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Utstein Surgical Metrics Update 2022

International experts reconvene in Norway for stage two of the influential “Metrics and Reporting Criteria for Surgery, Anaesthesia, and Obstetrics Patient Safety” meeting.

WFSA, with support from the Laerdal Foundation, is working with leading international stakeholders and partners to review and strengthen the global health community’s ability to collate, share and utilise global surgery indicators.  

The inaugural Utstein Surgical Metrics Meeting at the Utstein Abbey in Norway in 2019 was the first comprehensive review of the Lancet Commission on Global Surgery’s six global surgery indicators.

A consensus reached at the 2019 meeting refined the existing indicators down to five – surgical volume; geospatial access; workforce; perioperative mortality; and catastrophic expenditure.

Following this refinement, five multidisciplinary working groups were formed to compile a practical and easy to use ‘How To’ manual for practitioners and policymakers to collect and share global surgical data.   

The 2022 meeting reviewed these data collection manuals with a particular focus on the basic, intermediate, and full data sets and develop data dictionaries for each metric.

The multidisciplinary approach adopted by this initiative brought together stakeholders from across the global health community including academia, civil society, the health-data specialists and multilateral organisations including the World Bank and the World Health Organisation.

Alongside plenary discussions and specialist breakout sessions on the five surgical indicators, the meeting sought to define the variable components of each metric, sampling methodologies, and data sources for the metrics. A key focus of the meeting was how best to support countries to efficiently collect the correct health data.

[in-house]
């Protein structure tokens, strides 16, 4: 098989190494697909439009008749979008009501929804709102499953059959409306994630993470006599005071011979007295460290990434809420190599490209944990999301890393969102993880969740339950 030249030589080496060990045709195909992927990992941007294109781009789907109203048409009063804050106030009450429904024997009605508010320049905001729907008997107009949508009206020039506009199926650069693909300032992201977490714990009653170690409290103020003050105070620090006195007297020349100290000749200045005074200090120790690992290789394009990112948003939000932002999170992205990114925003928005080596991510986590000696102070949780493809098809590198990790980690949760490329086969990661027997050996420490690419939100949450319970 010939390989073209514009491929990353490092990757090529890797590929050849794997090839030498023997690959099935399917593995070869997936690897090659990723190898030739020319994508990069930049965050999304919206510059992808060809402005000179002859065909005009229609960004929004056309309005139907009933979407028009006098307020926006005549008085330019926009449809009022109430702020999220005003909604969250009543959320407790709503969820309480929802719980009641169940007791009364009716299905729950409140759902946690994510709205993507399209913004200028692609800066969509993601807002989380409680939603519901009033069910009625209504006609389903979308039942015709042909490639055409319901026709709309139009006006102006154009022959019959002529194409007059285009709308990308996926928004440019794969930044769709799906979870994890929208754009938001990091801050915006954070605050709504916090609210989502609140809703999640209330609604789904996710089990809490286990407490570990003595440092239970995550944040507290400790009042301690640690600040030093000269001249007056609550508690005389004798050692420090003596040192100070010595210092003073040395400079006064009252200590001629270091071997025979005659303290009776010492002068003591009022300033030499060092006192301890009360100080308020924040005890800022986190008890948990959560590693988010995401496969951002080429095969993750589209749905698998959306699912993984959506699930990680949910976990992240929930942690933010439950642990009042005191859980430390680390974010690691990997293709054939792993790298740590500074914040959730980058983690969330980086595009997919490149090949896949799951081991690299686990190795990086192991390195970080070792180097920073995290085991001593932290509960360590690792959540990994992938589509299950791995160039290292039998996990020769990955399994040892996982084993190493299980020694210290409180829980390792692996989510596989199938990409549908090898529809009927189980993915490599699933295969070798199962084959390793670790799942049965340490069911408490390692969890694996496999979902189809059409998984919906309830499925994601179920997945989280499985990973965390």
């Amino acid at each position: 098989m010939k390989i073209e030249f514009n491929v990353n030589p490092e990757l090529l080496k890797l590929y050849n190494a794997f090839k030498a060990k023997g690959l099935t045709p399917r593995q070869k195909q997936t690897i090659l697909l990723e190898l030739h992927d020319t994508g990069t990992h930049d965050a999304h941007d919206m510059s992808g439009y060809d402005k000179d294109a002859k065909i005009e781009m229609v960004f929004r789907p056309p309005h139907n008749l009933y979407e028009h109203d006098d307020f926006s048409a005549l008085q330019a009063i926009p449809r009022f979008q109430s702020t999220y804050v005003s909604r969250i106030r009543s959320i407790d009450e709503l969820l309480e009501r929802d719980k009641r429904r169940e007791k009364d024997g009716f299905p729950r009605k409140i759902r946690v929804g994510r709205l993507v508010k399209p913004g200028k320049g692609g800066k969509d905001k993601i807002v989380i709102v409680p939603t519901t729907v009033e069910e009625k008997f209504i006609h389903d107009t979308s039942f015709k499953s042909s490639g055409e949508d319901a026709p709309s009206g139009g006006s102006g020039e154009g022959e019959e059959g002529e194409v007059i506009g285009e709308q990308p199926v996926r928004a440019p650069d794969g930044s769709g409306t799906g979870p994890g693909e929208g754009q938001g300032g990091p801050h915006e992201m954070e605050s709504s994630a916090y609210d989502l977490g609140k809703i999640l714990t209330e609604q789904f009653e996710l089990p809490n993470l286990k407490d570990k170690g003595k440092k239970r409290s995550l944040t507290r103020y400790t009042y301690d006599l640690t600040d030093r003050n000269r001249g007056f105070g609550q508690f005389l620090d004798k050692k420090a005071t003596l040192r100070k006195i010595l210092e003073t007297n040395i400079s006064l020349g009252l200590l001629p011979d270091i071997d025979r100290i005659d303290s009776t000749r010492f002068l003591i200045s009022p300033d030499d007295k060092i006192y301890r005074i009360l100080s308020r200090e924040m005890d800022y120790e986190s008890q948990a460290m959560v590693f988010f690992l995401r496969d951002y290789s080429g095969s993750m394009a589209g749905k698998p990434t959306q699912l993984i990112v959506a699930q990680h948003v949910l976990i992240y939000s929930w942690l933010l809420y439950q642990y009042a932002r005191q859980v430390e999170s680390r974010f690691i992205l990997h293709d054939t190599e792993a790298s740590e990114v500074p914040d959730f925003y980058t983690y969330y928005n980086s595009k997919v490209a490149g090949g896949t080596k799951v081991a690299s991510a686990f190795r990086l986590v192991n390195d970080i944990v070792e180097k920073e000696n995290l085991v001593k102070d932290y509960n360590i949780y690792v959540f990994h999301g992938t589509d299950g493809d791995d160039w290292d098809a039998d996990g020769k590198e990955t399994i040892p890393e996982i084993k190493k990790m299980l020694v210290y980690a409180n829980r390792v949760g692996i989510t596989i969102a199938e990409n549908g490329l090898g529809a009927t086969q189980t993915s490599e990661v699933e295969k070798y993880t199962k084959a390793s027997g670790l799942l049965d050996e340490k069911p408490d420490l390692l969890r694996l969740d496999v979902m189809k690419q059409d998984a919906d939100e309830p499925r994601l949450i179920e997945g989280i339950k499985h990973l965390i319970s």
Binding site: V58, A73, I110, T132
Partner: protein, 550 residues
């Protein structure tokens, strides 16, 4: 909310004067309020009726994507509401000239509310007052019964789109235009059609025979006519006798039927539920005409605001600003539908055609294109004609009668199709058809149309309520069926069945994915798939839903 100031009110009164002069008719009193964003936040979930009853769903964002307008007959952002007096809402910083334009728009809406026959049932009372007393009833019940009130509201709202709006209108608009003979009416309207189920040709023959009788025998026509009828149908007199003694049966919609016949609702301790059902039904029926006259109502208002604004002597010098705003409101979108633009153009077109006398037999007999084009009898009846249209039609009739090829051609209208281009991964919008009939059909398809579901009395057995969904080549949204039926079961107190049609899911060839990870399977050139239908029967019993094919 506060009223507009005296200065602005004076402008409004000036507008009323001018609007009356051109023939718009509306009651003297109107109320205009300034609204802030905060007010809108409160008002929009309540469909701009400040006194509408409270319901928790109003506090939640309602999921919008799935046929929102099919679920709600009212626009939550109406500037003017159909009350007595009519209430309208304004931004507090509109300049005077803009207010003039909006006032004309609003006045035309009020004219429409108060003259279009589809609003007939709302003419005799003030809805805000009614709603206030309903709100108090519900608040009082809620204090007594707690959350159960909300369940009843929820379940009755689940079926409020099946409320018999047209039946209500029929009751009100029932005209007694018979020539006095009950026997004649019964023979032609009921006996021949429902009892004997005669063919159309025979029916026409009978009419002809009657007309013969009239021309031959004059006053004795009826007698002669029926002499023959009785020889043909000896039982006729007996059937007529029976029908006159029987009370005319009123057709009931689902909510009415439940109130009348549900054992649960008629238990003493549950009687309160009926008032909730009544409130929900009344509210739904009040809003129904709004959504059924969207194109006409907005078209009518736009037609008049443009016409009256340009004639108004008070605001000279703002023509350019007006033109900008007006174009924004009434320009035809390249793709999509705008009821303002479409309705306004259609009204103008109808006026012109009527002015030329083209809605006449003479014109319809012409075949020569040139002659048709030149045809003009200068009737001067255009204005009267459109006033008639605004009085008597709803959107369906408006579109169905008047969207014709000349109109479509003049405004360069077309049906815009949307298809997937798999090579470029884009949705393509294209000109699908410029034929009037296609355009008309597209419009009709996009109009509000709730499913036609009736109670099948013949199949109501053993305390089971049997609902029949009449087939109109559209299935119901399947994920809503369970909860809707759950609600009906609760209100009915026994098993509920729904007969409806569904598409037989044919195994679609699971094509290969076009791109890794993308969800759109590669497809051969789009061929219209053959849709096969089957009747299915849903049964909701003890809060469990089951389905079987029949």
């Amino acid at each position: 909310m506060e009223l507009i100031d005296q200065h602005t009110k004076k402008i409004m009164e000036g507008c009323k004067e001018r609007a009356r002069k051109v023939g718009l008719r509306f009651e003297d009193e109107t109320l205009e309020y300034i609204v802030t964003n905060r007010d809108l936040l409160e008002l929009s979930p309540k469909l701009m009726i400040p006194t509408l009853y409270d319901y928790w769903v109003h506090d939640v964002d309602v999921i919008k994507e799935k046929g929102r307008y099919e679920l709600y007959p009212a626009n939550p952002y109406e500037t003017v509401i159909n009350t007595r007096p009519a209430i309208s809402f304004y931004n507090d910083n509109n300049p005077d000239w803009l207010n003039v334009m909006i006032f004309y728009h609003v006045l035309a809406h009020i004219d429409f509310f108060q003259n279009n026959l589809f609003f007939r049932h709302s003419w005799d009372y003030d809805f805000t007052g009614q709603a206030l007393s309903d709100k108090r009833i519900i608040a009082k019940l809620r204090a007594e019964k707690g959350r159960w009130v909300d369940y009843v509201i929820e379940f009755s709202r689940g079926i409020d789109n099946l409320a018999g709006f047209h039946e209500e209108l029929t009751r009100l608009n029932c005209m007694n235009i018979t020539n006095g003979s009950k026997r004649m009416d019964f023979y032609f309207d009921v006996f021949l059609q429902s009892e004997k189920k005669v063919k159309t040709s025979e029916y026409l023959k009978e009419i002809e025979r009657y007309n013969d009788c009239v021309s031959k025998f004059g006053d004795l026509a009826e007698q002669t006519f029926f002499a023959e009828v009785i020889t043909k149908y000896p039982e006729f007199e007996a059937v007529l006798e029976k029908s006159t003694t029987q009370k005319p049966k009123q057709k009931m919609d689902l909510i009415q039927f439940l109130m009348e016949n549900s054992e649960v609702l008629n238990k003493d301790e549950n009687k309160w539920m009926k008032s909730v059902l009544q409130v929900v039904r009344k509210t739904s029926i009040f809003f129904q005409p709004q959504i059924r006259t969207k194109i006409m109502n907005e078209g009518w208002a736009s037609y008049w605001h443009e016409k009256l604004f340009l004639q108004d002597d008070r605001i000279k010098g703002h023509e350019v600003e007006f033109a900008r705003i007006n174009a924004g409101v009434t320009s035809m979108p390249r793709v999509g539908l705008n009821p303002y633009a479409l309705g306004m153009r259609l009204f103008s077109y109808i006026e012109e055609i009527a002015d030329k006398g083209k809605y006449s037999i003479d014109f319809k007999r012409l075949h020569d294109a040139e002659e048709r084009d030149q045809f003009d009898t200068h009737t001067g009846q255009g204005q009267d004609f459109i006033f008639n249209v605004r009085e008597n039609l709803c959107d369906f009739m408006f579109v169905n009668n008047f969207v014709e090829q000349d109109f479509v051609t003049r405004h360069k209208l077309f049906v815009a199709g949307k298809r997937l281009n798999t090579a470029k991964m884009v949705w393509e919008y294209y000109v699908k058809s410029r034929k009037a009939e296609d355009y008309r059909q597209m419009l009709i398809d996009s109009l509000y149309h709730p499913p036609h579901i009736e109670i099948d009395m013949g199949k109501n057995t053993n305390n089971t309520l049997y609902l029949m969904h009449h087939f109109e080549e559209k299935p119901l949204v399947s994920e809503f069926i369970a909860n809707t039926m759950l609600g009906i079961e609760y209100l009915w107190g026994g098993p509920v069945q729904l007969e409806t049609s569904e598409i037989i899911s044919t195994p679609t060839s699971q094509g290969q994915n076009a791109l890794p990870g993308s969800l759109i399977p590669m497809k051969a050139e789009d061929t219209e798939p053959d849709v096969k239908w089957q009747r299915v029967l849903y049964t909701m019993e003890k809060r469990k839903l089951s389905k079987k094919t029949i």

Next steps for surgical metrics

In 2023, the How to Guides and data collection tools will be piloted in two countries at the hospital level. Regional engagement exercises will take place to further inform the development of the data collection manual and its application.

Following the pilot phase, the indicators and manual will be integrated into national and regional data collection processes. With the support of key stakeholders including the World Bank, the World Health Organisation and other UN bodies, the initiative will facilitate and advocate for the use of these important new data collection tools at national, regional, and global levels,

These updated indicator definitions applied at the international and national levels will facilitate progress towards advocating for and achieving timely access to safe, affordable care, setting evidence-based targets, and improving political priorities for global surgery and anaesthesia.

Words – Amelia Crowther

Photos – Kristine Stave